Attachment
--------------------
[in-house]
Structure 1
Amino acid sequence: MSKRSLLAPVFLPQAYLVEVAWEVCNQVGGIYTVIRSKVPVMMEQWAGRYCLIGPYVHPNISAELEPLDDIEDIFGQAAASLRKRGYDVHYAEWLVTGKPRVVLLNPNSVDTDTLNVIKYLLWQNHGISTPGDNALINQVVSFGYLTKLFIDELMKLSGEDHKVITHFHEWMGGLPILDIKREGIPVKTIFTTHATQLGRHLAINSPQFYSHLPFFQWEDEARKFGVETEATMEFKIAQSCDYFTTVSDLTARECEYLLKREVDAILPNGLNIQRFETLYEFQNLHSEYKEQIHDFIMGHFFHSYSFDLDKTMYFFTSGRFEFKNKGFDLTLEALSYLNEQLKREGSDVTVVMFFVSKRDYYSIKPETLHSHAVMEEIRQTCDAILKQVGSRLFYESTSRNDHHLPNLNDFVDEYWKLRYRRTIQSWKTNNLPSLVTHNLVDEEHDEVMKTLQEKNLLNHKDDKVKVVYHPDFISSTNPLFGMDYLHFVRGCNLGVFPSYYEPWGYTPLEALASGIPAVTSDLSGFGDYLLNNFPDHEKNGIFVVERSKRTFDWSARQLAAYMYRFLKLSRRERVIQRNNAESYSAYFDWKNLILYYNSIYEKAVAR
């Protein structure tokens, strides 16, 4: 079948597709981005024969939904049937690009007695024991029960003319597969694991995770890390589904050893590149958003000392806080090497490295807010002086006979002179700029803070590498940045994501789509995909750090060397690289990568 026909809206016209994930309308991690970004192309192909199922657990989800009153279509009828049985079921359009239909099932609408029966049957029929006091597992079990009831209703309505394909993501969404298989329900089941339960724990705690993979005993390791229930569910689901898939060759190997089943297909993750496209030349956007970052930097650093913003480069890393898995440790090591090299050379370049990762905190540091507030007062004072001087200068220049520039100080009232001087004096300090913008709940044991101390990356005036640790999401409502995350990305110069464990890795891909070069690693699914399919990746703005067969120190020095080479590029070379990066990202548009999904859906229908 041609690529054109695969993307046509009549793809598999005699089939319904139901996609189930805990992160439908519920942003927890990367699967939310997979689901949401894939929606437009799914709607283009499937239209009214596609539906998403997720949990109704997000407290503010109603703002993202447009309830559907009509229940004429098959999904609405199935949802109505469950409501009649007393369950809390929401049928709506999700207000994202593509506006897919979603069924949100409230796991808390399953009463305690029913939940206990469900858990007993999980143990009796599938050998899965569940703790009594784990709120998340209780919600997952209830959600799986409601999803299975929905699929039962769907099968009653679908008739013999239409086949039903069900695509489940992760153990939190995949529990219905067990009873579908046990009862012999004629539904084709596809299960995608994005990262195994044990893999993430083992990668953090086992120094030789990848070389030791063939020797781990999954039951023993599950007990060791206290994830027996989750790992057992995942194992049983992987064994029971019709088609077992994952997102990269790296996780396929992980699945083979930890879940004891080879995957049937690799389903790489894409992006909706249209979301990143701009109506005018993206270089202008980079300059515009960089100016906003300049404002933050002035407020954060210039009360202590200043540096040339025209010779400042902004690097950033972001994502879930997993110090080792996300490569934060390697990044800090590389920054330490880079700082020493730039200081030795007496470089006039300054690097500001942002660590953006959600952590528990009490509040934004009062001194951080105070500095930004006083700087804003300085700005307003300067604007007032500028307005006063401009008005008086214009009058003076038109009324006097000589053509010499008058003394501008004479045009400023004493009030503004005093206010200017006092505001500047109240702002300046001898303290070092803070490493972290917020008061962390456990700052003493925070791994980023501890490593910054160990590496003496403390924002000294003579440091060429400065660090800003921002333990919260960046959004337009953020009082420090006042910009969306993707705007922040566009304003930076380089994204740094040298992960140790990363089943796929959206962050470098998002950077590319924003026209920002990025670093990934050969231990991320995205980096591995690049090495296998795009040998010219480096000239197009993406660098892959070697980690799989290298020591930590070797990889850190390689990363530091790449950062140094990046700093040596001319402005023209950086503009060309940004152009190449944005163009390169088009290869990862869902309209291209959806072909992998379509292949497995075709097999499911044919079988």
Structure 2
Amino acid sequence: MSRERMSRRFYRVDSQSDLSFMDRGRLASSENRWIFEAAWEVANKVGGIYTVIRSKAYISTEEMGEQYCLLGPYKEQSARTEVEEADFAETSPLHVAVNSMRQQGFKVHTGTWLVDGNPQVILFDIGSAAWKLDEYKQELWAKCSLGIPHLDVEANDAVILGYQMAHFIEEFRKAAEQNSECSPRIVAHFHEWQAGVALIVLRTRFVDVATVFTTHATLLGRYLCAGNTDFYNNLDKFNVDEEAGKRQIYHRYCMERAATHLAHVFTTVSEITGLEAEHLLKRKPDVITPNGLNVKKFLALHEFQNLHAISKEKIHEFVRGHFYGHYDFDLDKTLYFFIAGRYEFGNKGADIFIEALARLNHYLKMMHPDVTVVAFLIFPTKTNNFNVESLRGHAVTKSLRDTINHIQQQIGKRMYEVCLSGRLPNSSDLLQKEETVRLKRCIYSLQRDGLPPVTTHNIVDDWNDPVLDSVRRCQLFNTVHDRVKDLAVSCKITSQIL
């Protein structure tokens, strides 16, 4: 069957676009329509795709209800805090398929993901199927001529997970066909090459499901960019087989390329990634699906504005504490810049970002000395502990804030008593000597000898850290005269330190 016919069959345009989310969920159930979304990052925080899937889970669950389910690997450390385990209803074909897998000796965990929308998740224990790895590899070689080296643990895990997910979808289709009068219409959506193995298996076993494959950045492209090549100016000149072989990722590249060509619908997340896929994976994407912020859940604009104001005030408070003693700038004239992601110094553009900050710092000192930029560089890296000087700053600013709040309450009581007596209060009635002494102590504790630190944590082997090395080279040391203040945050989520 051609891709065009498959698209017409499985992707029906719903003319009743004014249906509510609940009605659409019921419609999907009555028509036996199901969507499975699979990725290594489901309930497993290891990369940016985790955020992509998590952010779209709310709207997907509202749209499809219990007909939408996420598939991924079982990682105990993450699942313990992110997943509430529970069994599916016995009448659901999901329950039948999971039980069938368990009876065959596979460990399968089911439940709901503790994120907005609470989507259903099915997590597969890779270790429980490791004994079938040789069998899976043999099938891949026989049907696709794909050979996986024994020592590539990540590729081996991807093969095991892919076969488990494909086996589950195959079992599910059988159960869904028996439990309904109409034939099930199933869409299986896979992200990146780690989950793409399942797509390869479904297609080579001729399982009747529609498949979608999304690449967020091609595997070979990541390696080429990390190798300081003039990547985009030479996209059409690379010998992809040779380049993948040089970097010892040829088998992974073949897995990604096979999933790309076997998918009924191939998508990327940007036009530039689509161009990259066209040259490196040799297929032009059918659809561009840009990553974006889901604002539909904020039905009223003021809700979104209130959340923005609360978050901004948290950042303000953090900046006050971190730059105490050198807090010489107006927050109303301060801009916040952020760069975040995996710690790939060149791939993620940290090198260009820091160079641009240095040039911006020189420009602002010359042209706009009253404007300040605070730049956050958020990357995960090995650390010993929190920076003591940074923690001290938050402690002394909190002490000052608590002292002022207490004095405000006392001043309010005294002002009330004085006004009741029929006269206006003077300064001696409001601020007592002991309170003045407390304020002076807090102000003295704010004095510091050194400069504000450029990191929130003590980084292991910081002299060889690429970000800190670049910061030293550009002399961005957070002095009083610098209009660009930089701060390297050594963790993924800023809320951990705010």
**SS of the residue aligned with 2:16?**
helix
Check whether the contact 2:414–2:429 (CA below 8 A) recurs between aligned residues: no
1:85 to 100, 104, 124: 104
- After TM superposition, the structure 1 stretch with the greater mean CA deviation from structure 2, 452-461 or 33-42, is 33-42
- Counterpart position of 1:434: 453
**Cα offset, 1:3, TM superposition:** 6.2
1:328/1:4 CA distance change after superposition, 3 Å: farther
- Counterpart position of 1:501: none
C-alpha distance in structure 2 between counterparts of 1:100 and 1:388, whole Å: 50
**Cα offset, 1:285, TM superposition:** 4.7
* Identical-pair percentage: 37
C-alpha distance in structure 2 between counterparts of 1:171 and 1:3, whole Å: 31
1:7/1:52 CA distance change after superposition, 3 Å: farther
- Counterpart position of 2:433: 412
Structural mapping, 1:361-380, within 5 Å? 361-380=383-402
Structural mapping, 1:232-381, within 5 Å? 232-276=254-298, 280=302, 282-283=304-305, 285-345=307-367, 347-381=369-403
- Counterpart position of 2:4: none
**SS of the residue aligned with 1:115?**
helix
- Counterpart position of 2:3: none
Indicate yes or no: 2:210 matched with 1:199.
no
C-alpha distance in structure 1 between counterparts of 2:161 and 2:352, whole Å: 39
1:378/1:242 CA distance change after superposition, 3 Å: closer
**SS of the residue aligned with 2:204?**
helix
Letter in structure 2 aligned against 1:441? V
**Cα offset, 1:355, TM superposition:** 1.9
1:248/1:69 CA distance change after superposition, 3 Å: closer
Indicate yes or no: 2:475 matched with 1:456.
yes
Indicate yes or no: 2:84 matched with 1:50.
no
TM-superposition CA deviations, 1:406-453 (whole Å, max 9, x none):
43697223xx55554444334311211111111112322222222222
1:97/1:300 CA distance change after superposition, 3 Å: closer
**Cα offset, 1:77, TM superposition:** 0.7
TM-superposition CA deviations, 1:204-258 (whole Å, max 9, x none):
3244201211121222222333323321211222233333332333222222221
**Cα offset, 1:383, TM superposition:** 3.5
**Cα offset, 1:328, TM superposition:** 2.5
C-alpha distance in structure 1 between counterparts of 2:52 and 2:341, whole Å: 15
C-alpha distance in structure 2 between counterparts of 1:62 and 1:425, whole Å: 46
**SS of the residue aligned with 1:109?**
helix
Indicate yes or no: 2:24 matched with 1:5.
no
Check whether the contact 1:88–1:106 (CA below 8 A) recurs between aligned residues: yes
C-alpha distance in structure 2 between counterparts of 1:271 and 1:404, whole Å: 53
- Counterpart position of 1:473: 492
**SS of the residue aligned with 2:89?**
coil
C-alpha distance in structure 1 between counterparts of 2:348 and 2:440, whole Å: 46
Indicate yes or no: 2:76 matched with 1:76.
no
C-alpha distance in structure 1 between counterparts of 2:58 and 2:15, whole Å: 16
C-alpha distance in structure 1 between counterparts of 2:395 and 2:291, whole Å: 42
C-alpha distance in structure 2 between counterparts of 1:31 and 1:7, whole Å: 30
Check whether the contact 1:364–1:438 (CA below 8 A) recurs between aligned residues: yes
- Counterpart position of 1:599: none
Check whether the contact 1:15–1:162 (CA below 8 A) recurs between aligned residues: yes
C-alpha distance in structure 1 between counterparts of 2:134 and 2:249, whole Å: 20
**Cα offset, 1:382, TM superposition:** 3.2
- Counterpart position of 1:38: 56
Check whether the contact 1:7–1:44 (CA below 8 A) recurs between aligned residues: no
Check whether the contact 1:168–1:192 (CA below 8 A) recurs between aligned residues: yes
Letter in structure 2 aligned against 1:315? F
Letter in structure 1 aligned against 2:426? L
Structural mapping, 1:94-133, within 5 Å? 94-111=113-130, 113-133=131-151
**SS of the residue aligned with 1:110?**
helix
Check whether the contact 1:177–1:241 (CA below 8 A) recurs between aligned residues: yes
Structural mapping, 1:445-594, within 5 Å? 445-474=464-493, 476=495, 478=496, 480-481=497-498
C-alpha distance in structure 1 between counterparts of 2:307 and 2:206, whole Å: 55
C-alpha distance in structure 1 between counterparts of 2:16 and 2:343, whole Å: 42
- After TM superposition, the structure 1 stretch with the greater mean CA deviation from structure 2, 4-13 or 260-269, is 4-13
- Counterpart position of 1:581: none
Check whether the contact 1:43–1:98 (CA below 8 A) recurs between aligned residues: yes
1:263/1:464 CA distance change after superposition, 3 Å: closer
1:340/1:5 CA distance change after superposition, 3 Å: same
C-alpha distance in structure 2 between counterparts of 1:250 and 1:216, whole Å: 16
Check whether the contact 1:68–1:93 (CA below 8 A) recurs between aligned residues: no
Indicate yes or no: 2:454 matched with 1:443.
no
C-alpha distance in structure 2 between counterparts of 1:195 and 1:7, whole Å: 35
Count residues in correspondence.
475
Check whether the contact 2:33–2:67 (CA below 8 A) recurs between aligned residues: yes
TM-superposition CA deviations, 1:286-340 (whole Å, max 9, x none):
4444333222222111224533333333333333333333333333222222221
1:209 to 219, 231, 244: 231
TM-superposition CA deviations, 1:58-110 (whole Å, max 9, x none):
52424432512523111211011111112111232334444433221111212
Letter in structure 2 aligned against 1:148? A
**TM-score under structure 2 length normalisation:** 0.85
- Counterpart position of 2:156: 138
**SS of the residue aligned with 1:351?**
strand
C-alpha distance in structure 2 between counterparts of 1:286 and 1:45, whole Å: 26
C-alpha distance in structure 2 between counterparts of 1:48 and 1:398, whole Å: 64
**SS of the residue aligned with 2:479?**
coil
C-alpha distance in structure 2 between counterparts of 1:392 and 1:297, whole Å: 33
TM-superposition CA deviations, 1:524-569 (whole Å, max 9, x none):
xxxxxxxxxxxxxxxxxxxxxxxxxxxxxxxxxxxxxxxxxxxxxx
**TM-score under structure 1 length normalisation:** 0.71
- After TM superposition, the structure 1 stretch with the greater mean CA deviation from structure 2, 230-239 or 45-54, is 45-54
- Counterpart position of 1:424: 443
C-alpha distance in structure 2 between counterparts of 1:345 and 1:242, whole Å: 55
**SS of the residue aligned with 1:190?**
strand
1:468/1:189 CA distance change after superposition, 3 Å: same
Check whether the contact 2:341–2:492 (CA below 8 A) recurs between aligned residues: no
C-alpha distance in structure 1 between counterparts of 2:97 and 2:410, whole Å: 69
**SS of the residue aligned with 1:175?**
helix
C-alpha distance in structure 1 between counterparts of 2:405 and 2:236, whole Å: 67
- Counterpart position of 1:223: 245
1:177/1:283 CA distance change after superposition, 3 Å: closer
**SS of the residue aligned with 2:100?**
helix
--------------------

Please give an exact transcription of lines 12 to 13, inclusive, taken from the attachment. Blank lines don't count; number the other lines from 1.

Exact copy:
- After TM superposition, the structure 1 stretch with the greater mean CA deviation from structure 2, 452-461 or 33-42, is 33-42
- Counterpart position of 1:434: 453